These findings have understandably sparked concerns over the planned voyage to Mars, as astronauts will find themselves outside of Earth’s magnetic field, which protects astronauts working aboard the ISS. They could face elevated levels of stress and anxiety, alongside impaired decision-making and multitasking capabilities—potentially in emergency situations which require an extremely high degree of autonomy.
This series of findings is corroborated by other experiments. At the Loma Linda University, a team of five researchers conducted experiments in which mice had their hindquarters hoisted off the ground for extended periods of time, and were also placed in the proximity of radioactive cobalt to mimic low level and constant exposure to gamma radiation.
The results of the experiment showed that the combination of these two procedures damaged the blood-brain barrier (which has a function to block most substances in the bloodstream from reaching the brain) more than if the brain had been exposed to only one of the procedures.
One protein in particular revealed these conclusions: the aquaporin-4, a water-regulating protein which increases in quantity when the blood-brain barrier is affected. Interestingly, there were also some behavioural changes that resulted from the increase in aquaporin-4, namely a higher tendency for risk-taking behaviour.
These issues pose a problem for NASA. Spaceships provide very limited protection from cosmic rays, which are only stopped by mass and can pass through the hull of a spacecraft and the skin of those on board.
Fitting an entire spaceship with a protective outer shield would not be financially viable. The idea of shielding an isolated part of a spaceship where astronauts spend a lot of time has been floated, which could feasibly resolve part of the problem.
Even so, astronauts would still be vulnerable to solar particle events, which are not easy to predict.
Manipulating astronauts’ brains
One of the difficulties in studying the effects of space on astronaut cognition—specifically cosmic radiation—is that many factors affecting astronauts stem from a stressful spaceship environment. These factors include issues such as disrupted sleep, heavy mental workloads, high levels of carbon dioxide and microgravity. On average, astronauts sleep less than 6 hours a night, and must concentrate and exercise for several hours per day.
A typical round trip to Mars will last about three years, meaning that astronauts will be confined to a small space with a group of people for an extremely long time, with no possibility to conduct real-time discussions with Earth teams, family and friends.
This can lead to conflict, depression and cognitive decline. There is also a concern that astronauts travelling to Mars will lack the comforting view of Earth currently seen on space station missions, which could increase psychosocial stresses and augment feelings of isolation. For these reasons, the National Space Biomedical Research Institute (NSBRI) is developing several additional research projects aimed at predicting behavioural problems and the best responses to them in space.
Efforts are being made to design both enhancement medication and therapeutic software to mediate the negative psychological effects that space can have on astronauts.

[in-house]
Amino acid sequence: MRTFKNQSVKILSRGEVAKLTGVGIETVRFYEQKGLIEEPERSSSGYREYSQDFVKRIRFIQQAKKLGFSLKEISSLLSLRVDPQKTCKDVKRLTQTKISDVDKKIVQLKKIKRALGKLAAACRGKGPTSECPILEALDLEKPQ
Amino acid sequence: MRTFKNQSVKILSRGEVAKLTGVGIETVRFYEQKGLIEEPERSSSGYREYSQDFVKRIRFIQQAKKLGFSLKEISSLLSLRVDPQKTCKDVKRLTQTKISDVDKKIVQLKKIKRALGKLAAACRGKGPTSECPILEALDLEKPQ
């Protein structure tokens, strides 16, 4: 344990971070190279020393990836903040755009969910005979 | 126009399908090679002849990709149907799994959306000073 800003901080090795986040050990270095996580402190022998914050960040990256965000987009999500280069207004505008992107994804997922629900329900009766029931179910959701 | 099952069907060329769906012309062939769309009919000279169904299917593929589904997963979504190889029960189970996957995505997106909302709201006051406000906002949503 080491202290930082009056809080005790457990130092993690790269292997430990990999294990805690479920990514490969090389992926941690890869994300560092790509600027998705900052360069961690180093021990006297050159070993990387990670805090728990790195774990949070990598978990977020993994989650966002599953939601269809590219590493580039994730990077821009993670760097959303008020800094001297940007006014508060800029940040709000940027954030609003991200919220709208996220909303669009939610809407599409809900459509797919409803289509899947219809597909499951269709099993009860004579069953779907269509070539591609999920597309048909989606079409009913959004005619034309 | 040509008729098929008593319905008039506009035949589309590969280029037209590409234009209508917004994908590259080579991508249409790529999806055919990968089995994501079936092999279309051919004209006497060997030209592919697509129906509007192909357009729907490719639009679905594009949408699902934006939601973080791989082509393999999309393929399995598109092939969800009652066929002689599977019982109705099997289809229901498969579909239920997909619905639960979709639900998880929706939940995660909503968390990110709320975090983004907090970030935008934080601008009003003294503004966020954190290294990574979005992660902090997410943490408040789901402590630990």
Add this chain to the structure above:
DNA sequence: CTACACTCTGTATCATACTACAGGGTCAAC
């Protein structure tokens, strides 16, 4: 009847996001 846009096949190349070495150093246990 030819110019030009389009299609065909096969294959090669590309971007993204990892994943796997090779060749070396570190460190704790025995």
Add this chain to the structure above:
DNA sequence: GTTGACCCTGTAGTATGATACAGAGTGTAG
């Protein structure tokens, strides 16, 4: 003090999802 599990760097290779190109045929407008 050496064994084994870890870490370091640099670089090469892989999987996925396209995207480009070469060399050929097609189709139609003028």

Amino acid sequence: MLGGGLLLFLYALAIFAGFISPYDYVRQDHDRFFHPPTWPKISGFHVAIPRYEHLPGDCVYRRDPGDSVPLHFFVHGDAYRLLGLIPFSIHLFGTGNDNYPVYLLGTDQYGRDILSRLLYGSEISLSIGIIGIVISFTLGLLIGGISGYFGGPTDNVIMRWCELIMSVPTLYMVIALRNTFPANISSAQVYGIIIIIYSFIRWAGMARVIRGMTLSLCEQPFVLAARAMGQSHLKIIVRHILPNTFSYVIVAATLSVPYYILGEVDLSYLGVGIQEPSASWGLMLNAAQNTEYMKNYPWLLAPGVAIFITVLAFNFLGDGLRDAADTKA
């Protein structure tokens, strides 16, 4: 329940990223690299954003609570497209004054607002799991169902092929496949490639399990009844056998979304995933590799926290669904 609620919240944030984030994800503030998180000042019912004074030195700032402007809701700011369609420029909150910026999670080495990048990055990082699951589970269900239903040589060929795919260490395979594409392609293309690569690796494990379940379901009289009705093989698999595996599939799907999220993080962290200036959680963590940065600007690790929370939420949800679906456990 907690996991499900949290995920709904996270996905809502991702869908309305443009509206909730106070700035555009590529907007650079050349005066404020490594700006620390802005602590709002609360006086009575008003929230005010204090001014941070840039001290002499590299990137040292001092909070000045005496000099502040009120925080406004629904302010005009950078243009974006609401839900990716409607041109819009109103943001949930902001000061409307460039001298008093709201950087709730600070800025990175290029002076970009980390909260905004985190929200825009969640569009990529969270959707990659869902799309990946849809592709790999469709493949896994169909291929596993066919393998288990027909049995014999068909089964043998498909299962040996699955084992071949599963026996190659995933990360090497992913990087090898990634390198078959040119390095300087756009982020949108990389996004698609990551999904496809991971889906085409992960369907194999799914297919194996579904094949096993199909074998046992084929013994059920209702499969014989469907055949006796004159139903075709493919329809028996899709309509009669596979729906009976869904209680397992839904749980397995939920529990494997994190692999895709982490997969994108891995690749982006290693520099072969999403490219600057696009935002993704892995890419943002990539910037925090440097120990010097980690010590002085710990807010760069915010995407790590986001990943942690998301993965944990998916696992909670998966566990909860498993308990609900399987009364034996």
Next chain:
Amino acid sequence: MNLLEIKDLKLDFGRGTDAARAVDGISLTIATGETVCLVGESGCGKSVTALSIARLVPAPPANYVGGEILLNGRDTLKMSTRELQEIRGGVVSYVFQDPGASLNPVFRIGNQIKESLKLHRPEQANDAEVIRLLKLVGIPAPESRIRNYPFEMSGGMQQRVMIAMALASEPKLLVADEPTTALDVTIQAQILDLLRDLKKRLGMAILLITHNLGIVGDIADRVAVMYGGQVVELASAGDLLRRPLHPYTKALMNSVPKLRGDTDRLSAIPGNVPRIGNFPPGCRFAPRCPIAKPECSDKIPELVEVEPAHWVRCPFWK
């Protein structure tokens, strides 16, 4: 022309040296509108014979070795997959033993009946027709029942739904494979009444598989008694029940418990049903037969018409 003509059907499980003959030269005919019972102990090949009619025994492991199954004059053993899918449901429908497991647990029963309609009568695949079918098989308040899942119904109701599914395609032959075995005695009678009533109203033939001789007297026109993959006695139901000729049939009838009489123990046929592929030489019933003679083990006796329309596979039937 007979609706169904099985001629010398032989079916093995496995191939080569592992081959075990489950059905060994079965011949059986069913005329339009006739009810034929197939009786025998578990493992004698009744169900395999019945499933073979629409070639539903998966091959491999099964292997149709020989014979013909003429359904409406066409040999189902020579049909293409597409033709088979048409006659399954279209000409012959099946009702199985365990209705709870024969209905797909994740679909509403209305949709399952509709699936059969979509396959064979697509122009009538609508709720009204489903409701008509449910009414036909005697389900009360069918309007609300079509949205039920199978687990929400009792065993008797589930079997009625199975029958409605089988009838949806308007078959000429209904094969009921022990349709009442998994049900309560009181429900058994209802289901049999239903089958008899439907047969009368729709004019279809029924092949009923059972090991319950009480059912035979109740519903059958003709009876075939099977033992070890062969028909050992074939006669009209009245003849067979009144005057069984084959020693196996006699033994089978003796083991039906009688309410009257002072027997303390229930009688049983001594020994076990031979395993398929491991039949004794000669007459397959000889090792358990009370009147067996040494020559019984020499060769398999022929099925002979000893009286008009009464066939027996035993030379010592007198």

Computer programs are being developed to help astronauts cope with depression and conflicts on board the spaceship, including “problem-solving treatment” which makes astronauts analyze why they feel certain negative emotions such as animosity or stress.
Mind-enhancing supplements, which could improve memory, mood and energy, are being tested.
Pear Therapeutics, Inc., a biotechnology company, is working on a project that combines psychoactive medications as well as therapy software to address depression and cognitive functions. (Of course, lighter workloads and private communication with families back home can also serve as crucial mood improvers.)
Yet the use of cognitive enhancement psychoactive drugs has far-reaching consequences—and raises some ethical problems. While decreasing fatigue or stress can improve astronaut performance, it is an artificial remedy for emotions humans are endowed with as a result of thousands of years of evolution.
It is uncertain what consequences such tinkering could have—especially in the hypothetical situation where an astronaut develops an addiction, or is overmedicated.
In a situation where astronauts learn to resolve their interpersonal conflicts only with the help of computer therapy and psychoactive drugs, it also becomes difficult to predict what could happen if these services were disrupted. Would the astronauts be able to cooperate and keep working efficiently for months if they grew dependent on such therapies?
Space agencies are now increasingly striving to boost team performance by other means, such as by increasing crew sizes and diversity. NSBRI’s are conducting a unique study devoted to investigating various leadership styles and team composition.
Into the future
Because space travel has captivated the imagination of humanity for centuries, having the possibilities and resources to send humans into space for longer periods of time is hard to resist.
These attempts will only multiply the research and questions into neuroscience and human physiology—and the ways in which our minds and bodies adapt to environments so remote and different from Earth, where our entire evolutionary history took place.
They will also lead to the consideration of more expensive technical solutions, such as the recourse to artificial gravity for Earth-Mars and Mars-Earth transfers, with faster travel (although costly in term of energy, it would be possible to reach Mars in less than three months), and comfortable large underground living facilities on Mars.
But if technology can ease the issues, it cannot solve the most important and basic questions about travel and life in environments so different from the ones to which humans have been accustomed since their emergence on the surface of their native planet Earth.
In the process, endeavours to travel to, and inhabit, distant planets will raise unprecedented questions in theology, ethics and philosophy, as well as environmentalism. The human capacity to venture out of the limits of this Planet is certainly going to raise some further questions about our own moral limitations, our relationship to Earth, and the notion of humanity itself.